Q: What would you say is the most important part of the writing stage?
A: I don’t plan very much. I write scenes as they come to me, so Elliot was written back to front. I wrote the first scene first, then the prologue, then I realised what the end scene would be. I would then cut it up and cut and paste scenes together until the book was there.
The most challenging part of writing the book for me is getting inside the mindset of the characters so you want to be able to feel what you want the character to feel but retain enough objectivity that you can portray that from the outside and still communicate with the potential audience and for me that is extremely hard.
Q: Are you currently working on anything new?
A: Yes I am. I had a long hiatus after writing Inventing Elliot. I was offered a contract to write five more books and have so far not delivered any of those. However, I am working on a very different kind of novel at the moment which is psychological in a way, fictional in a way and science fiction and is hugely exciting. I think you will be able to tell it comes from the same writer as inventing Elliot but it will open up a whole new set of issues and excitement I hope. It’s working title is Renegades.
It has just been astonishing. It is probably my second biggest market in Germany and it has been put on the school syllabus.
Q: Your book has been a great success in Germany. What can you say about that?
A: That was pretty amazing actually! It was bought by a small publishing company in Germany and not much was expected of it but the publishers obviously saw something in it and it was nominated for the German equivalent of the Carnegie Award and it won! Chance would have it it was the 50th anniversary of the award so it was a massive ceremony and televised. I got to go down and pick up my award and was interviewed on German radio and TV. It has just been astonishing. It is probably my second biggest market there and it has been put on the school syllabus.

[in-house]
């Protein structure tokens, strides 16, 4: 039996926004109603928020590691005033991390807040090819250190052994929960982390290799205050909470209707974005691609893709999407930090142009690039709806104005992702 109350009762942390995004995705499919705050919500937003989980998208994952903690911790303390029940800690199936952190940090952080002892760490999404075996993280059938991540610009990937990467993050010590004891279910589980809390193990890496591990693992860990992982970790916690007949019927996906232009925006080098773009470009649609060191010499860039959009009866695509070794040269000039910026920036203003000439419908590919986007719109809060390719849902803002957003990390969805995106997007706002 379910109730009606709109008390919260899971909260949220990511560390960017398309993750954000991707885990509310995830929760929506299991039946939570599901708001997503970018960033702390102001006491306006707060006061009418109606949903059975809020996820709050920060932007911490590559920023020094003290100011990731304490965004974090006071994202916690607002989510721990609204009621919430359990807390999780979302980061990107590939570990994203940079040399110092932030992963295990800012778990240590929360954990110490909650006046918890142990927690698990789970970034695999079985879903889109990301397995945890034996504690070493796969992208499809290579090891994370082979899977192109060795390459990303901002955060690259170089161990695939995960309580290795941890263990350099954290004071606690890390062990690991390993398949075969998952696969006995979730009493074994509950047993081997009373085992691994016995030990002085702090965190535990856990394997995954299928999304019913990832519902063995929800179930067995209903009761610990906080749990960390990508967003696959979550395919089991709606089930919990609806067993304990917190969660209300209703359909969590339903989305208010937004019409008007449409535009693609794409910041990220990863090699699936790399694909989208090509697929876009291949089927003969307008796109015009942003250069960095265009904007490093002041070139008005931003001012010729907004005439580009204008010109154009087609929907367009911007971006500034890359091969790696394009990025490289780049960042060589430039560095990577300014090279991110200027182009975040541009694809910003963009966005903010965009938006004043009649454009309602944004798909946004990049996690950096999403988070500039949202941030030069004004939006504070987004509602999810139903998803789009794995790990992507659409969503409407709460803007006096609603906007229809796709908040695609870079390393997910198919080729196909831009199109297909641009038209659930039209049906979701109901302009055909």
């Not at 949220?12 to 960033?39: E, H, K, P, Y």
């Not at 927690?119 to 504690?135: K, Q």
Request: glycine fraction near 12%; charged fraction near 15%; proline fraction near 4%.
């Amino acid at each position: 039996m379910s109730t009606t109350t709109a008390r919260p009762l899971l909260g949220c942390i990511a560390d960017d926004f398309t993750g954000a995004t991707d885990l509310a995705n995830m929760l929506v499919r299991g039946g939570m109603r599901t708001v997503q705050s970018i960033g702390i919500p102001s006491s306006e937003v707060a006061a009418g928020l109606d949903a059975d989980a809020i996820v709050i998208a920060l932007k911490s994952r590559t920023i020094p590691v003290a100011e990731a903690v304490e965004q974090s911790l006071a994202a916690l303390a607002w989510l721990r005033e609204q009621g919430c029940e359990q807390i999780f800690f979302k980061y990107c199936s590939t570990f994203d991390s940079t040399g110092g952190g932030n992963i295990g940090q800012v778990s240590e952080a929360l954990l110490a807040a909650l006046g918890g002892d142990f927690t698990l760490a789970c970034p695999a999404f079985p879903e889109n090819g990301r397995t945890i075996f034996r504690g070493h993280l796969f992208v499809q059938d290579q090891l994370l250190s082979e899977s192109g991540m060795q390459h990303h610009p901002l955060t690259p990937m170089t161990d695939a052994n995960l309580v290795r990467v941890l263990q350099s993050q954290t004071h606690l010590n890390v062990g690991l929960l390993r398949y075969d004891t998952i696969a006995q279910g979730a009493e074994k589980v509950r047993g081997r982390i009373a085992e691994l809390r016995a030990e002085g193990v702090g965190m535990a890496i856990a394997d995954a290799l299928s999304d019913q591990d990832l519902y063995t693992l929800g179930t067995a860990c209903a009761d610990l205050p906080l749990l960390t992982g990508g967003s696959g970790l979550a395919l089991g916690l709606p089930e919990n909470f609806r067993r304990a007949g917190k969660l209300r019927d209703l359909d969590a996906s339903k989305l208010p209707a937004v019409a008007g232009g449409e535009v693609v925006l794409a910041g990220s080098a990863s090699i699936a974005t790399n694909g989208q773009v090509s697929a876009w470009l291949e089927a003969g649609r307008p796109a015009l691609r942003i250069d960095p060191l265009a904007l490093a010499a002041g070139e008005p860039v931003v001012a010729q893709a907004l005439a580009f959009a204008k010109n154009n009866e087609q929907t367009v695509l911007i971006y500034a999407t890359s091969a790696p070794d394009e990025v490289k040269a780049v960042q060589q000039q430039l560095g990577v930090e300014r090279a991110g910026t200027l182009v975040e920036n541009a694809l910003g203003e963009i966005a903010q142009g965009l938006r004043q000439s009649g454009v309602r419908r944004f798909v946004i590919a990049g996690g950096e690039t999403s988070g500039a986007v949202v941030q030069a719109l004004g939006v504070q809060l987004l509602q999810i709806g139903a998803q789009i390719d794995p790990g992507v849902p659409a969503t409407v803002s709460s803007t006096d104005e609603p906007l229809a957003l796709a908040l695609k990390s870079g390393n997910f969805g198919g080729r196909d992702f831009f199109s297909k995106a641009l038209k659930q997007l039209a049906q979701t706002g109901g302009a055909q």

Q: Wasn’t there an interpretation of your book being about Nazi Germany?
A: Yes, and it was strange because I never thought of that. The first question I was asked was: “So, do you want to talk more about parallels with your book and Nazi Germany?” It’s very interesting because in the UK we focus on the individual but in Germany they focus on crowds and peer pressure and every generation is brought up to focus on the holocaust and in the book it’s all about people taking part but are not doing anything to stop it.
It may also be interesting for readers to know that it has a different name in Germany: In the Shade of the Guardians or In the Shadow of the Guards.
Q: 2016 has been amazing for paperback books, yet many people expected the decline of the paperback and the rise of the ebook. What is your view on this?
A: I think it is not surprising at all because everyone has been predicting the death of the paperback book since the 1960s and we are a long way from there. Furthermore, nothing quite beats a humble paperback for convenience or if you drop it in a puddle it’s only a fiver, whereas with a piece of electronic equipment you are more worried about it. It is very tactile and delicate. It is also very interesting how the biggest uptake of ebook readers are people from the older generation.
Q: What is your favourite book?
A: The Mosquito Coast is one of my favourite books of all time and I always try to push it down the throat of third and fourth years. It is an amazing book about a man who takes his family to the jungle and goes mad. In terms of books I have read recently that have stayed with me I would say The Goldfinches and Defender. Defender is another post-apocalyptic book but it is about a future which is divided between people who hear voices and people who don’t and they are gearing up for war against one another. I believe it raises all kinds of questions about consciousness and about difference and how we relate to people who are fundamentally different to ourselves.
Q: What is your view on existing book competitions and which is your favourite?
A: The one I like particularly at the moment is called the Independent Young Adults Book Award. It takes books which are not necessarily the darlings of the literary establishment and which are not particularly blessed by librarians but are read and enjoyed by older teenagers. I have read some of the nominees and have thought they were really worthwhile. In terms of book competitions I am more against, I would say, the Carnegie, as they have very fixed ideas about what book is good and what book is not.
Q: To end, if you could recommend three books for reading for the third or fourth year, what would they be?
A: My three recommendations would be:
Wolf by Wolf by Ryan Graudin. Historical Fiction and sci-fi
The Chrysalids by John Windom. Post-Apocalyptic
The Chocolate War by Robert Cormier. Young Adult. Psychological thriller.